Hot tubs are a ton of fun to splash around and relax in no matter what time of year it is. However, during an extreme emergency when the power is out or the city water pipes are down, it’s extremely tempting to drink hot tub water, especially if you don’t have an alternative nearby. But will it be safe?
While drinking hot tub water might be tempting, you should only do it in tiny doses, if at all. Modern hot tubs purify their water with either salt or chlorine, which are deadly in high amounts. The only way to safely drink your hot tub water is to purify it first and make it potable.
In this article, we’ll look at the dangers of drinking hot tub water and the effect it has on your body. We’ll also walk you through what steps you should take in order to purify hot tub water and make it drinkable.
Why It Might be Necessary to Drink Hot Tub Water
First of all, there should be very few, if any, reasons that it’s ever necessary to drink hot tub water. The only reason that it should ever be necessary is in extreme cases when you don’t have any water in your home and have no way of accessing any.
During a power outage where your well pump doesn’t work, you won’t be able to pump water from your well into your home. People reliant on their wells for water often don’t stock extra water and keep it in reserve. If this happens in conjunction with conditions where grocery stores are closed or inaccessible, you may have to resort to extreme measures to stay hydrated.
If you happen to have a hot tub and there’s simply no other way to get water, there are steps you have to take to make the water drinkable. Hot tub water, without being purified, is deadly in large doses.
The Risks of Drinking Hot Tub Water
The first thing that you need to worry about with hot tub water is chlorine. Chlorine is a purifying agent added to pools and hot tubs to clean the water. Chlorine is even added to city water that comes in through your tap in order to make it drinkable and clean. However, the amount of chlorine in this water is microscopic compared to the chlorine content of pools and hot tubs.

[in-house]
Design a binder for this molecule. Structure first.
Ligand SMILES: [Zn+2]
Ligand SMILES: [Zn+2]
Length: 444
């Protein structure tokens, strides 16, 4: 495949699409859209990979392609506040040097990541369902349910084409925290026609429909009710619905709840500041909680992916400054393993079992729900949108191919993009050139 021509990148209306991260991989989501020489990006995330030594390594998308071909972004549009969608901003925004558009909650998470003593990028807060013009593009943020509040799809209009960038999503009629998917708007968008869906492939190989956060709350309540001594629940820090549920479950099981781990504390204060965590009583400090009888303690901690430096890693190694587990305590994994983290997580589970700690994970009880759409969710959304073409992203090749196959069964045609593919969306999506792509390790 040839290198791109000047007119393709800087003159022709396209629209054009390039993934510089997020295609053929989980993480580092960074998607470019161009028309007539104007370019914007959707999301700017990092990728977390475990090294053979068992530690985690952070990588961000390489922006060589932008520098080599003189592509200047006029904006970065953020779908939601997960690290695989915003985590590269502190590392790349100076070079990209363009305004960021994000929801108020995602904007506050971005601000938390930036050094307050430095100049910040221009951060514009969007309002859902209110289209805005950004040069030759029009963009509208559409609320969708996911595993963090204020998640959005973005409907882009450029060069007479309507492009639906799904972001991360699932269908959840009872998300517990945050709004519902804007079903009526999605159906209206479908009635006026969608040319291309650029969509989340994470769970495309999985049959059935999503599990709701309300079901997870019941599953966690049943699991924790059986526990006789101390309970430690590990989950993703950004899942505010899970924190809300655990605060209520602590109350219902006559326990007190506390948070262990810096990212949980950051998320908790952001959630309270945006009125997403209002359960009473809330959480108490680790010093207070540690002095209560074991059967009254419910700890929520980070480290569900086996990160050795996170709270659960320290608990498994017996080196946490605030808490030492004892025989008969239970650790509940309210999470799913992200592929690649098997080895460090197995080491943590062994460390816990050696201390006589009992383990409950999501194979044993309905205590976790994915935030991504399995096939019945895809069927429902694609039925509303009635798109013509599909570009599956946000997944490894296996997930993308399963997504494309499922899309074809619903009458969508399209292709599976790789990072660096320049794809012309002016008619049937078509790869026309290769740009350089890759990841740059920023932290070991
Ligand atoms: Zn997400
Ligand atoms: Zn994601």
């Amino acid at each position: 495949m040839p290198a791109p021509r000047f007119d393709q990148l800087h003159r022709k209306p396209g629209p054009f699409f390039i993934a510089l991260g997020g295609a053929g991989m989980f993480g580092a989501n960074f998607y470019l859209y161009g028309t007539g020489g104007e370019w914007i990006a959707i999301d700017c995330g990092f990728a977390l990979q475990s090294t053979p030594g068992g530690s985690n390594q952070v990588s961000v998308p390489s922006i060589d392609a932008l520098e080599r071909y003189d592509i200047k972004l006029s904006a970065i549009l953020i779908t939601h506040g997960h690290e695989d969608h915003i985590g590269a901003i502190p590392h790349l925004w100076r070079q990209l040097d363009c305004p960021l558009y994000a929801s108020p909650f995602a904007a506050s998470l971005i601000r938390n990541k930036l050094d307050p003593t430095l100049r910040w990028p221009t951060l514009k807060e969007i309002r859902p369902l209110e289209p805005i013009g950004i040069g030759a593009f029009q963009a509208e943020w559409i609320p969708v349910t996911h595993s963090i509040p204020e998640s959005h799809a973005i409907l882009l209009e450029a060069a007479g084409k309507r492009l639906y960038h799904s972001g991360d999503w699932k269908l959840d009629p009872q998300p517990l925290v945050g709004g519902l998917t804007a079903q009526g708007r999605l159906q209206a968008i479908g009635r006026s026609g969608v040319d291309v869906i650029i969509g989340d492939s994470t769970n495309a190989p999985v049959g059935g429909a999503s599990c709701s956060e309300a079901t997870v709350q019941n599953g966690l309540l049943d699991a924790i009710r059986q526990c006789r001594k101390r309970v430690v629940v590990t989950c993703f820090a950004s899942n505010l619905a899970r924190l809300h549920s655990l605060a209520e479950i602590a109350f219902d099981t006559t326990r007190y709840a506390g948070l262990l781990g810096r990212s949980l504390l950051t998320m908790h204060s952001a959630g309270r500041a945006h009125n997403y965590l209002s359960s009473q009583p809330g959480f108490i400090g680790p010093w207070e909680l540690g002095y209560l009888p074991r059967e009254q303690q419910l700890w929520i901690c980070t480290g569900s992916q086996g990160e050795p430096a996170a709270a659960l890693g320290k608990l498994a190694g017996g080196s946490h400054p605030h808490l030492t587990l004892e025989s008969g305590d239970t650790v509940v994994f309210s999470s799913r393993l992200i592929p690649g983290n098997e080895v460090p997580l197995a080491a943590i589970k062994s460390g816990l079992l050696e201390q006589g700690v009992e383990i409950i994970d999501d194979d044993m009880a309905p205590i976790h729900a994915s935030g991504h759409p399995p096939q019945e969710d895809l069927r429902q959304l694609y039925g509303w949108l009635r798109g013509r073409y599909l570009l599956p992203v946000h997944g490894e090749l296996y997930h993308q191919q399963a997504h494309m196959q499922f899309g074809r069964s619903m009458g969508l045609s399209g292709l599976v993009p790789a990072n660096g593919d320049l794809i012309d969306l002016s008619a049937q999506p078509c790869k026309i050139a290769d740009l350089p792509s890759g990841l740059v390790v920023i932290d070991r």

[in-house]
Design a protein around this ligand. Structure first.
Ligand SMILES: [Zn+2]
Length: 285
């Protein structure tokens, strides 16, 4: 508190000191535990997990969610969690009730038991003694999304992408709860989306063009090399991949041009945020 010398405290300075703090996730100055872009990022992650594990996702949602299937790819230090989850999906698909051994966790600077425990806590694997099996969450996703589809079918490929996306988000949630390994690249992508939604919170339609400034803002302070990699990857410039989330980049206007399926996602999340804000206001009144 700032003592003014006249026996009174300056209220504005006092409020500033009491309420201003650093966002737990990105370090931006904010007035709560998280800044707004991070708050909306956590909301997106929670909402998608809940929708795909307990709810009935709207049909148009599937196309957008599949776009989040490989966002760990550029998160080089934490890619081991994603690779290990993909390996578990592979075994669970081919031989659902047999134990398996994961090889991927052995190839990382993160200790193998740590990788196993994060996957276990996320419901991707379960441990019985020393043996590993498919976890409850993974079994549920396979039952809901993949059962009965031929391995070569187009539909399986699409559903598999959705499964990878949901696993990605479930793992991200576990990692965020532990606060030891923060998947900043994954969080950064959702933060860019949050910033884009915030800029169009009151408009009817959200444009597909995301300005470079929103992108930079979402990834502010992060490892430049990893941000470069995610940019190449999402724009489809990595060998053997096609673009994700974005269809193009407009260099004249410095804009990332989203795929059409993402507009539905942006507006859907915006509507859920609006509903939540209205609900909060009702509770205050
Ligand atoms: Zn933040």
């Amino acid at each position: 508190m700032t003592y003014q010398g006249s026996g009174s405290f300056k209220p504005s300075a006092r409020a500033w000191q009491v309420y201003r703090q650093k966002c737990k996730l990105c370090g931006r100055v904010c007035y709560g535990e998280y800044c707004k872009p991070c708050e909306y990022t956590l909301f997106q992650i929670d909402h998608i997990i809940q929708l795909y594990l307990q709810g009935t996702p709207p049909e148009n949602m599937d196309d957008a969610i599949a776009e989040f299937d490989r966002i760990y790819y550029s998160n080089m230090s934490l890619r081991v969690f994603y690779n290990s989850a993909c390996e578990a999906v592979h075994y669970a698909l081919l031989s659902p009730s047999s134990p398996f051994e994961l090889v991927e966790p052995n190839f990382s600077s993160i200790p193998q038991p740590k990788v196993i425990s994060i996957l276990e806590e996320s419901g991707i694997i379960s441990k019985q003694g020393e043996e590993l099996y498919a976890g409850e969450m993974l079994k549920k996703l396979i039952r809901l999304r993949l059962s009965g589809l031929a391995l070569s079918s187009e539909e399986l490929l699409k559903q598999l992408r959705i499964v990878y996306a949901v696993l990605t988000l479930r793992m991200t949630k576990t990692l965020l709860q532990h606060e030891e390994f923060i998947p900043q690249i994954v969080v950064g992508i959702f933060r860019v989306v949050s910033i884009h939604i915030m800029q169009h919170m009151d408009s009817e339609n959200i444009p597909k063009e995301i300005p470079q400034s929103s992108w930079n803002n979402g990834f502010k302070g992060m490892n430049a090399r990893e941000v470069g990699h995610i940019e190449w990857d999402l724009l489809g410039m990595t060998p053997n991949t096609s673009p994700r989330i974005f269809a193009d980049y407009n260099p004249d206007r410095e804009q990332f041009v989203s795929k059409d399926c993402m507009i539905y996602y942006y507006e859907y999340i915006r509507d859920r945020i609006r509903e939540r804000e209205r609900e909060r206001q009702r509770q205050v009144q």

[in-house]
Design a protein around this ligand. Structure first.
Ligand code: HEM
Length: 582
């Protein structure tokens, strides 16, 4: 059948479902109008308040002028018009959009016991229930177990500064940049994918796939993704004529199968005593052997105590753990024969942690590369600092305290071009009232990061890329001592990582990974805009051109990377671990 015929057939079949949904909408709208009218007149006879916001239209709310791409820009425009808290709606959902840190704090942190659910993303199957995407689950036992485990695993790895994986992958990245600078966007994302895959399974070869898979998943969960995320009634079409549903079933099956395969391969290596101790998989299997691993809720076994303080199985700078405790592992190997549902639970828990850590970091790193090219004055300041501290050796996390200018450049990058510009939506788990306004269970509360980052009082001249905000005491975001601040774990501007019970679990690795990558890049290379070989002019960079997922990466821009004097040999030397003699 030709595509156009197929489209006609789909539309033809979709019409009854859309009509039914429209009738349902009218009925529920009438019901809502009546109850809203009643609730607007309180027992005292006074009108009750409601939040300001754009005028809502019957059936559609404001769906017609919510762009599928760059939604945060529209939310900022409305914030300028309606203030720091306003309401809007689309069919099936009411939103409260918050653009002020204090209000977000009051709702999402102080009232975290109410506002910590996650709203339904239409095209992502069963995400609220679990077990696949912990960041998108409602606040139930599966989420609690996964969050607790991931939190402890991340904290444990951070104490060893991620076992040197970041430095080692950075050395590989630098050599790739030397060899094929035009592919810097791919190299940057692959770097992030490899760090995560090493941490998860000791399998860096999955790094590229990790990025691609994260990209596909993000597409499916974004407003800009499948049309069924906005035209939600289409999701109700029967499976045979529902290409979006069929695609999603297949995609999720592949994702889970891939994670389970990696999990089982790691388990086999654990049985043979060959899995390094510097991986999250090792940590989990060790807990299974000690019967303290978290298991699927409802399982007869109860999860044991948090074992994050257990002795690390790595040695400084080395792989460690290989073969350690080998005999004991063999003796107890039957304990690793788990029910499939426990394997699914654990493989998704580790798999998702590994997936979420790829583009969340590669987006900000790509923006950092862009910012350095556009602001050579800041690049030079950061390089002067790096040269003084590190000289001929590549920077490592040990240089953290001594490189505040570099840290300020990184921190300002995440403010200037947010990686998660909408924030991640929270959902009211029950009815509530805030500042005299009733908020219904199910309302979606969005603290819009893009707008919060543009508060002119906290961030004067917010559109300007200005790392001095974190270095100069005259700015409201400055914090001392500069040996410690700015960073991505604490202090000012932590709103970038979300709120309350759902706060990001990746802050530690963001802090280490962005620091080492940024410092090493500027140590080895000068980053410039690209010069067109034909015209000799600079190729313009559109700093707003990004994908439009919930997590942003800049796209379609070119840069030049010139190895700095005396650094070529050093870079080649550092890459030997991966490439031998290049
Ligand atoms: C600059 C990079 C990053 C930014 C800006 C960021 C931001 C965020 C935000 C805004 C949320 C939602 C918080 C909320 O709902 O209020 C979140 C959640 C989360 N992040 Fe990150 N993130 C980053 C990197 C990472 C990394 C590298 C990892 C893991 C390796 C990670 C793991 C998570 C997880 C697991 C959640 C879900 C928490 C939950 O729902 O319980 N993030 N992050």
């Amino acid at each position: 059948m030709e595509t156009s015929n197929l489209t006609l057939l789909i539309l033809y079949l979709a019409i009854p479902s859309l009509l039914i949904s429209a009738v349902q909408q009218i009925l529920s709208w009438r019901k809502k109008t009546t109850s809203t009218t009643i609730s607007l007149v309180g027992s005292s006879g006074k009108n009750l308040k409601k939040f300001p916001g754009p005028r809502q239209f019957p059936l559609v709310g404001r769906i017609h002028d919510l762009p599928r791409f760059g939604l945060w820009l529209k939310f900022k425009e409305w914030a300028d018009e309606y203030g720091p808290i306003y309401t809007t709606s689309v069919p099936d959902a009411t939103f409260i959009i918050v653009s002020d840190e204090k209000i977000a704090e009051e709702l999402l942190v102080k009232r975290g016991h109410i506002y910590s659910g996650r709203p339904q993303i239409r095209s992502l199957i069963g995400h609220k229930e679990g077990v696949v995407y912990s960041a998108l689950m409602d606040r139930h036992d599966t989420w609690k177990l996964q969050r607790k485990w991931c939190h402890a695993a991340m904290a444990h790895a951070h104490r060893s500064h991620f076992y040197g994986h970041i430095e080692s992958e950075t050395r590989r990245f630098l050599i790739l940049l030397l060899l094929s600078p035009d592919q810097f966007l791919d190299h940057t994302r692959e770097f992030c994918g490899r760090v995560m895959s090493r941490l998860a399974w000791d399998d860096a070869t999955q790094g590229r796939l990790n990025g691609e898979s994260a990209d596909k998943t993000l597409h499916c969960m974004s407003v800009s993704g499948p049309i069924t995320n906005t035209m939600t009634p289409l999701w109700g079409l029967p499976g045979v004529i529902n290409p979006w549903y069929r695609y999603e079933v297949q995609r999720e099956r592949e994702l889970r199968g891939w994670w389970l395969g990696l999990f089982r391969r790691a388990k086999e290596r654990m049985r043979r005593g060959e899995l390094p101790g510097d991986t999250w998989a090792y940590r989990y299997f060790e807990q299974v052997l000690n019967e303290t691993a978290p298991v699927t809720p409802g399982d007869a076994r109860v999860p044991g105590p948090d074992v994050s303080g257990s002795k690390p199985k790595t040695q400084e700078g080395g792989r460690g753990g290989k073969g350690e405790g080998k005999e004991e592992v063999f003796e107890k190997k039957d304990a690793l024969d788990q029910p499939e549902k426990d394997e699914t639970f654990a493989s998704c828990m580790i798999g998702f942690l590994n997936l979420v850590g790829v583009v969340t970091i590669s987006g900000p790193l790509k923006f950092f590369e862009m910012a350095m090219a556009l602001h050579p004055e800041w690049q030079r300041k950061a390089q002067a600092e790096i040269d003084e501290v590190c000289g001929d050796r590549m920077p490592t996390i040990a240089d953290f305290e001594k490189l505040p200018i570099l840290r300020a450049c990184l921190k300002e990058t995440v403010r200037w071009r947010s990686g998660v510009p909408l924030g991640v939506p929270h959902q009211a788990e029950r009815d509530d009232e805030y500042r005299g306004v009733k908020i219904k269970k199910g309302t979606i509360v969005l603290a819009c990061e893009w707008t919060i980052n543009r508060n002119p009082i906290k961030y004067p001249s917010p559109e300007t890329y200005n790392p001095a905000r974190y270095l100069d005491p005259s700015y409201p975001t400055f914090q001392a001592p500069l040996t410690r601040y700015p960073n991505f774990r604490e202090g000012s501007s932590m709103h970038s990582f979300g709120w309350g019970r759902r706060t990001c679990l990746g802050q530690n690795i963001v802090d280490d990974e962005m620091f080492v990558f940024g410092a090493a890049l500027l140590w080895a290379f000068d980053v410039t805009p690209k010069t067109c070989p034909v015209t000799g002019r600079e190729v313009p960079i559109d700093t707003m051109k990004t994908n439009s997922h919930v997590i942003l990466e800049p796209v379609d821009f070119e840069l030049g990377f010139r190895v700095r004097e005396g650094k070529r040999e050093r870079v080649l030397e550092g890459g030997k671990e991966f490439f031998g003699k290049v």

Ultimately, large doses of hot tub water containing chlorine will cause your digestive system to block up. Eventually, your digestive tract won’t process nutrients and foods, and your body will start to shut down. The same applies to saltwater hot tubs because salt will do similar things to your body. Saltwater is also deadly in large or prolonged dosages.
Salt and chlorine aren’t the only things you have to worry about with hot tub water. There are plenty of other chemicals and pollutants present in the water that make it unsafe.
Ammonia isn’t always present in hot tubs, but there are ways for it to sneak in. If fertilizer or organic materials are spread around or near your hot tub, they contain trace amounts of ammonia, some of which could end up in your hot tub.
Bromide is a cleaning agent that’s sometimes used in conjunction or in place of chlorine. While it’s highly effective at killing bacteria and purifying your hot tub water, it’s also dangerous when consumed.
Cyanuric acid is added to hot tubs containing chlorine in order to help the chlorine last longer. Adding cyanuric acid means you don’t have to add chlorine as often, but both ingredients are dangerous when ingested.
Pollutants and debris
Aside from the things that you purposely add to your hot tub, there are always going to be accidental additions. Dirt, pollen, bacteria, and other forms of debris inevitably end up getting dragged in from the outside and polluting your hot tub. Chlorine and other cleaning agents help reduce this risk, but they don’t completely prevent it.
How to Make Hot Tub Water Drinkable
Let’s say that you find yourself in a worst-case scenario where you have no power, drinkable water, or way to access drinkable water. The only moisture at your disposal is your hot tub, but you know it’s dangerous to drink the water without first purifying it. Here’s what you need to do in order to stay safe and hydrated.
- Remove water from your hot tub and place it into a holding container.
- Run the water through a filter to remove any large debris or particles. You can also use a charcoal filter if you have one on hand. You can also use a clean furnace filter or a strainer, but these options aren’t as effective as charcoal filters.
- With the big junk removed, boil the water for at least one full minute. Boiling will remove salt or chlorine and is the best way to purify hot tub water. You can boil water over a gas stove, campfire, or any other heat source when your electricity isn’t working.
If you happen to have access to distilling equipment, you can also purify hot tub water by distilling it. Distilling is more effective than boiling, but it also requires more equipment and takes longer.